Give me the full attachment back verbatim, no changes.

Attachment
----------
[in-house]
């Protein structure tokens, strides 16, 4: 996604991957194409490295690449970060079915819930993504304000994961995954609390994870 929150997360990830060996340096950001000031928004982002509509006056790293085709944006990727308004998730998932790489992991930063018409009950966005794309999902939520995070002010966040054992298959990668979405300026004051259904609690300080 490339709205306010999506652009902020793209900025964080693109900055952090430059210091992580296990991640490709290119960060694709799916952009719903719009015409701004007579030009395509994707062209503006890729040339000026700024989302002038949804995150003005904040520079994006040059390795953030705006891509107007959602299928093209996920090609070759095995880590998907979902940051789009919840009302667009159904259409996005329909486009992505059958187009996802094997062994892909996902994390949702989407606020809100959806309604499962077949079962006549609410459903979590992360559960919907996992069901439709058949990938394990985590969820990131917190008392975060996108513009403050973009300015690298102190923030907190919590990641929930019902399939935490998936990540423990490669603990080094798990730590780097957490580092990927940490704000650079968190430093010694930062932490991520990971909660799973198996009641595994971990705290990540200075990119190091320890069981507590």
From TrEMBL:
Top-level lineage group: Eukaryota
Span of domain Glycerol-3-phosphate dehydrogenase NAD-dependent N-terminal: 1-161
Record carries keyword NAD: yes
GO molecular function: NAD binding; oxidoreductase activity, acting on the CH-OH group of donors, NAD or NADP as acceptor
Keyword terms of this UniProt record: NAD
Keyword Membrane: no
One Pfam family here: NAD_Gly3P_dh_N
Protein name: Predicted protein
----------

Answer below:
[in-house]
């Protein structure tokens, strides 16, 4: 996604991957194409490295690449970060079915819930993504304000994961995954609390994870 929150997360990830060996340096950001000031928004982002509509006056790293085709944006990727308004998730998932790489992991930063018409009950966005794309999902939520995070002010966040054992298959990668979405300026004051259904609690300080 490339709205306010999506652009902020793209900025964080693109900055952090430059210091992580296990991640490709290119960060694709799916952009719903719009015409701004007579030009395509994707062209503006890729040339000026700024989302002038949804995150003005904040520079994006040059390795953030705006891509107007959602299928093209996920090609070759095995880590998907979902940051789009919840009302667009159904259409996005329909486009992505059958187009996802094997062994892909996902994390949702989407606020809100959806309604499962077949079962006549609410459903979590992360559960919907996992069901439709058949990938394990985590969820990131917190008392975060996108513009403050973009300015690298102190923030907190919590990641929930019902399939935490998936990540423990490669603990080094798990730590780097957490580092990927940490704000650079968190430093010694930062932490991520990971909660799973198996009641595994971990705290990540200075990119190091320890069981507590």
From TrEMBL:
Top-level lineage group: Eukaryota
Span of domain Glycerol-3-phosphate dehydrogenase NAD-dependent N-terminal: 1-161
Record carries keyword NAD: yes
GO molecular function: NAD binding; oxidoreductase activity, acting on the CH-OH group of donors, NAD or NADP as acceptor
Keyword terms of this UniProt record: NAD
Keyword Membrane: no
One Pfam family here: NAD_Gly3P_dh_N
Protein name: Predicted protein